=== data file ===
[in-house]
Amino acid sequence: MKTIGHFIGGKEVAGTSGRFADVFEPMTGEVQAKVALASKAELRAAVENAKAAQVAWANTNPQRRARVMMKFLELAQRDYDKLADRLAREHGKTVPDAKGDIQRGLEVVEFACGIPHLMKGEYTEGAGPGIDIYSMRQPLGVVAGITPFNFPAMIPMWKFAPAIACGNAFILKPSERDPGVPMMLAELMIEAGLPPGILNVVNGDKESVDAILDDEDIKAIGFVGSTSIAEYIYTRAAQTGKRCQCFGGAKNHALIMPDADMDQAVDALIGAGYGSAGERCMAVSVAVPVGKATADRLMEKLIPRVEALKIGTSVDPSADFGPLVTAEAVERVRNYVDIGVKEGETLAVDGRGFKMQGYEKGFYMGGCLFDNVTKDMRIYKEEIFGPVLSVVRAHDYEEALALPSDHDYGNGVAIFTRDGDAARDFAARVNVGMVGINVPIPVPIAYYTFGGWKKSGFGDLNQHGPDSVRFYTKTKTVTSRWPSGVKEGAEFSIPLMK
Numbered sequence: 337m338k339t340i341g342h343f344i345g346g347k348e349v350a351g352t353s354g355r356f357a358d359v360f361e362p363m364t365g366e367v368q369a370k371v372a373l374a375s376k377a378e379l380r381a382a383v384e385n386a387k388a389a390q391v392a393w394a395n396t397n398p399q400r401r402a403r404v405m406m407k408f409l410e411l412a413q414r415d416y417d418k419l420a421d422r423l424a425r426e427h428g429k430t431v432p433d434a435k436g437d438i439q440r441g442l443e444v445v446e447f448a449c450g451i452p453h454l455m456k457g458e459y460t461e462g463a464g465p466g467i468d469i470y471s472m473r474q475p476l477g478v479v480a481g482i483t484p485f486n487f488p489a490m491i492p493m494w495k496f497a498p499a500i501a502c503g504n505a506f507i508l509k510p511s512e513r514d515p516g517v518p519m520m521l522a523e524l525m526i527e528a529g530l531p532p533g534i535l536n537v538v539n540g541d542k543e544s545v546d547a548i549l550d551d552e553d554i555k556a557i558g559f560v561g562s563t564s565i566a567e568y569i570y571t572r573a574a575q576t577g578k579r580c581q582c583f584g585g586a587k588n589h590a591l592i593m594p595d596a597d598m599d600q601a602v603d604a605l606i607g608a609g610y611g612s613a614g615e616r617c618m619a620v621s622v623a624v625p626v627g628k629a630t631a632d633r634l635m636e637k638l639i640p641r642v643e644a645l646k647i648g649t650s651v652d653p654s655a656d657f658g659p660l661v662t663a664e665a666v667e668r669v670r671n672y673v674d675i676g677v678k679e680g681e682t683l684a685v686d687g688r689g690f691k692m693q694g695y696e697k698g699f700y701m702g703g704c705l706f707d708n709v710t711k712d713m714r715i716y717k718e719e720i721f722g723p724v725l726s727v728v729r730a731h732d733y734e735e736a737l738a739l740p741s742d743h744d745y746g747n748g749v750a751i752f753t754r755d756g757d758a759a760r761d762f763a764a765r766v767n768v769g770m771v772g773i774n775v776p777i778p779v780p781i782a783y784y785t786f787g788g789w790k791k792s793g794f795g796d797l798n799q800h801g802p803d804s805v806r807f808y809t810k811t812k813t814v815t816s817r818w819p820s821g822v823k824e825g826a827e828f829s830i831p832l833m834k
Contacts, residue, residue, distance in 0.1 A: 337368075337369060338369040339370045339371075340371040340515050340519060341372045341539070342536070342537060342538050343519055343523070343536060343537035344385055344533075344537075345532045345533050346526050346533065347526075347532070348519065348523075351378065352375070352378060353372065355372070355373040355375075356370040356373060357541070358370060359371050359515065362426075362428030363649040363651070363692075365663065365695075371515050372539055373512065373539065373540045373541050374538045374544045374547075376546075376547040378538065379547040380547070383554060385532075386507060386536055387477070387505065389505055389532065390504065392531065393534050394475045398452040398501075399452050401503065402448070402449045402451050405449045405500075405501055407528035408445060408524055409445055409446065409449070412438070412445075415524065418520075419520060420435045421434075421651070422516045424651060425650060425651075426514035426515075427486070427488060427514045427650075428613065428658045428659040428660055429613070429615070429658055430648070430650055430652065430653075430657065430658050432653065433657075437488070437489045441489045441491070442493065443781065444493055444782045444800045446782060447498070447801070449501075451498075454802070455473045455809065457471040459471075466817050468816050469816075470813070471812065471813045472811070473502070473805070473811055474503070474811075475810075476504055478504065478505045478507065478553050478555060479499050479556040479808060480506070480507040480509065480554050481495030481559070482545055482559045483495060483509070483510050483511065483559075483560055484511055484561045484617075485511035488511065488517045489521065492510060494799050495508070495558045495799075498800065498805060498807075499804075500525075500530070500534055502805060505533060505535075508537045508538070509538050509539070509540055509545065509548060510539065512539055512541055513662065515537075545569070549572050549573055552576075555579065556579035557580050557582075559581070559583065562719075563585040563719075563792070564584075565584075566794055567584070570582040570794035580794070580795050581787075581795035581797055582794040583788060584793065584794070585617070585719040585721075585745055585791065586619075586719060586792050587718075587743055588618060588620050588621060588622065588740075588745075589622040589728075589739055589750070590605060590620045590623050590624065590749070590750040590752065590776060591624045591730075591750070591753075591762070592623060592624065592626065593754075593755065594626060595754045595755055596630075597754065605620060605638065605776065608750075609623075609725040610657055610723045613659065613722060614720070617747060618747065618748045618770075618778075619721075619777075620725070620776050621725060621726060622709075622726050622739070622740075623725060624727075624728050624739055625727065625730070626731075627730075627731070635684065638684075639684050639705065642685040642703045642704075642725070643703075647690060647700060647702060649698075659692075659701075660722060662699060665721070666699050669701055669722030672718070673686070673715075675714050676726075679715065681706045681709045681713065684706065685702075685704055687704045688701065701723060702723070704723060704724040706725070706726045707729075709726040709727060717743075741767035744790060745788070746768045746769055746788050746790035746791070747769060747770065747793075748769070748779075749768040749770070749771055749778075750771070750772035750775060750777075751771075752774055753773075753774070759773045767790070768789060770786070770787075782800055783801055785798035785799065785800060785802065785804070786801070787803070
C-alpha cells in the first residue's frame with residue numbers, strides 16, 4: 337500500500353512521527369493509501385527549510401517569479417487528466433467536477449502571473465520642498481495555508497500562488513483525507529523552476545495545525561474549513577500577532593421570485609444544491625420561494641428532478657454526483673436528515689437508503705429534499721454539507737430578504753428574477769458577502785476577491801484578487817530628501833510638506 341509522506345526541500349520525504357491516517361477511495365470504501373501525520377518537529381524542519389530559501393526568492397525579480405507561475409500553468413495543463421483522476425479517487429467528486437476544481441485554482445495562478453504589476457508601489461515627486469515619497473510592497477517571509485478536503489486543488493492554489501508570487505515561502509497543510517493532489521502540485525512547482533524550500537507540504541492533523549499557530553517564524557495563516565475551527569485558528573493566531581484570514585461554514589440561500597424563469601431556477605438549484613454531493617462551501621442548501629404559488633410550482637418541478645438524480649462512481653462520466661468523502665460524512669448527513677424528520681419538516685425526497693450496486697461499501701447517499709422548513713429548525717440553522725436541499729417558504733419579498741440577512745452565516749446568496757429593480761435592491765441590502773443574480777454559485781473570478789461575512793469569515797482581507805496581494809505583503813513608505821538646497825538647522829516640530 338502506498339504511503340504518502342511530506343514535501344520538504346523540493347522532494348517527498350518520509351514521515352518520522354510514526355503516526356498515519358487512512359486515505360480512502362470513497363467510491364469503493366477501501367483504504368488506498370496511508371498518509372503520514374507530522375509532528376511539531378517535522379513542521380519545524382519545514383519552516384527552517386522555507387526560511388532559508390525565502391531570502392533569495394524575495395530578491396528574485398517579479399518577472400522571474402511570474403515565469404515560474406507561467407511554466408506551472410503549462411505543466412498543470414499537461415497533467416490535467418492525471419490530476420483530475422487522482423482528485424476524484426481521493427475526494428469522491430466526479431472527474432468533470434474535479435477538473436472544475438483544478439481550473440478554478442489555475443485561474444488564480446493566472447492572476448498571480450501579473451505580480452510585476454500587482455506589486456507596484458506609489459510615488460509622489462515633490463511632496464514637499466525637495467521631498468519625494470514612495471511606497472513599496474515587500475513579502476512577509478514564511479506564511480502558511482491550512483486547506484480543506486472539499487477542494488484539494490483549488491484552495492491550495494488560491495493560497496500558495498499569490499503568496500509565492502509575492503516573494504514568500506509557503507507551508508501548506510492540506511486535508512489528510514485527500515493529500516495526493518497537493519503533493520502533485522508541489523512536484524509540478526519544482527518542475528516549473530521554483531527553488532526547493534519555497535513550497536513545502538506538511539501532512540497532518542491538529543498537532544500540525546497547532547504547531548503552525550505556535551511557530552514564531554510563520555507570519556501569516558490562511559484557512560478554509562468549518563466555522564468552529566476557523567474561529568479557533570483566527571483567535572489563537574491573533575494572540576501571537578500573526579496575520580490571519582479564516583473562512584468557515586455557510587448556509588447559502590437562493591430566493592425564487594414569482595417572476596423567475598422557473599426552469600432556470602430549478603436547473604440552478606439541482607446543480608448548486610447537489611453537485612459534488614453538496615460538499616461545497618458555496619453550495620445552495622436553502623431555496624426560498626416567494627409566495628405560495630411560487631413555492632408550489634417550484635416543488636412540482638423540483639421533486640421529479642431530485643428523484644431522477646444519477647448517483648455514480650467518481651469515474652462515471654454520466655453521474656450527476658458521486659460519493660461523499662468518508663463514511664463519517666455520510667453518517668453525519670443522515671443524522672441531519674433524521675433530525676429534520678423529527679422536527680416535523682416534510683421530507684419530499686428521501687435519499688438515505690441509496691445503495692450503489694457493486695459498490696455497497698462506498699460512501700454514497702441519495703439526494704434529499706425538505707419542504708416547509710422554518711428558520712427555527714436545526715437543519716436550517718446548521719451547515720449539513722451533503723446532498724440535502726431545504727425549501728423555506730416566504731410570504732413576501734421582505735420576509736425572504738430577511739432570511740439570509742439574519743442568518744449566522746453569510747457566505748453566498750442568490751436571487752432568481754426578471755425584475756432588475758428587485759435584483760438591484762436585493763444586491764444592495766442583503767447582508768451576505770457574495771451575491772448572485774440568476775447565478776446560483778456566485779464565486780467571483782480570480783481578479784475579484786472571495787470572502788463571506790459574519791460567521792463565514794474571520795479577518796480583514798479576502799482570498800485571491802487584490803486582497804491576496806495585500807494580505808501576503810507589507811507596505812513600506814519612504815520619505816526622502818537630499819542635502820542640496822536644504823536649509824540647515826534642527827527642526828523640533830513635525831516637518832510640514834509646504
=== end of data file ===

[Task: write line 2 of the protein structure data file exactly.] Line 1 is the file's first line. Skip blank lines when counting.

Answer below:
Amino acid sequence: MKTIGHFIGGKEVAGTSGRFADVFEPMTGEVQAKVALASKAELRAAVENAKAAQVAWANTNPQRRARVMMKFLELAQRDYDKLADRLAREHGKTVPDAKGDIQRGLEVVEFACGIPHLMKGEYTEGAGPGIDIYSMRQPLGVVAGITPFNFPAMIPMWKFAPAIACGNAFILKPSERDPGVPMMLAELMIEAGLPPGILNVVNGDKESVDAILDDEDIKAIGFVGSTSIAEYIYTRAAQTGKRCQCFGGAKNHALIMPDADMDQAVDALIGAGYGSAGERCMAVSVAVPVGKATADRLMEKLIPRVEALKIGTSVDPSADFGPLVTAEAVERVRNYVDIGVKEGETLAVDGRGFKMQGYEKGFYMGGCLFDNVTKDMRIYKEEIFGPVLSVVRAHDYEEALALPSDHDYGNGVAIFTRDGDAARDFAARVNVGMVGINVPIPVPIAYYTFGGWKKSGFGDLNQHGPDSVRFYTKTKTVTSRWPSGVKEGAEFSIPLMK